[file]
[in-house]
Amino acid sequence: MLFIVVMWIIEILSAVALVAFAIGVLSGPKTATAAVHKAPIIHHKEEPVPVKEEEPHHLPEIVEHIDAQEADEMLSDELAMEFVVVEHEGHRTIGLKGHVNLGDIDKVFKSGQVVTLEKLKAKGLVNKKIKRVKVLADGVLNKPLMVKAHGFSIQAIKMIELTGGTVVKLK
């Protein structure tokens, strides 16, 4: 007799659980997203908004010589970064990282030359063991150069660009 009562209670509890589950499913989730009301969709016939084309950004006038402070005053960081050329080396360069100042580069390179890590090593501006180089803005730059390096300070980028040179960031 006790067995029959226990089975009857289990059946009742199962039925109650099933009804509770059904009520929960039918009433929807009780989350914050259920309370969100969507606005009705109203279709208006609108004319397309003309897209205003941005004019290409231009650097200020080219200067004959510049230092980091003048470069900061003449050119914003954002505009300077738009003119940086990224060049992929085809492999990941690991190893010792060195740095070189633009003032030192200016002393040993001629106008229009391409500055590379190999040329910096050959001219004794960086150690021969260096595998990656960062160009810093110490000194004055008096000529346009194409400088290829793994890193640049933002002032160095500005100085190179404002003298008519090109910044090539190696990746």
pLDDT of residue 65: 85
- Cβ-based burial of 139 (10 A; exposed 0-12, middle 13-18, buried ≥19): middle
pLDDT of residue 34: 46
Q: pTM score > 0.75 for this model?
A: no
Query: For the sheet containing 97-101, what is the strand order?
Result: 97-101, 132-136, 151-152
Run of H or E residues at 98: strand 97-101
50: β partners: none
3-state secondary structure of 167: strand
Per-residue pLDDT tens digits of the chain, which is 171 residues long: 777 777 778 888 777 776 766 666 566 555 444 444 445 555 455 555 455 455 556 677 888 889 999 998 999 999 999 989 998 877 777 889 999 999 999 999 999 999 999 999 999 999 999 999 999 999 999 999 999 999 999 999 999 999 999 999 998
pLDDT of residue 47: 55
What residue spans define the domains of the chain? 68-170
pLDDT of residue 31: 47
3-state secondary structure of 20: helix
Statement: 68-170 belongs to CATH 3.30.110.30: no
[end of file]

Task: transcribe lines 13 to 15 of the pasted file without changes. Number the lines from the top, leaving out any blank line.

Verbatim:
3-state secondary structure of 167: strand
Per-residue pLDDT tens digits of the chain, which is 171 residues long: 777 777 778 888 777 776 766 666 566 555 444 444 445 555 455 555 455 455 556 677 888 889 999 998 999 999 999 989 998 877 777 889 999 999 999 999 999 999 999 999 999 999 999 999 999 999 999 999 999 999 999 999 999 999 999 999 998
pLDDT of residue 47: 55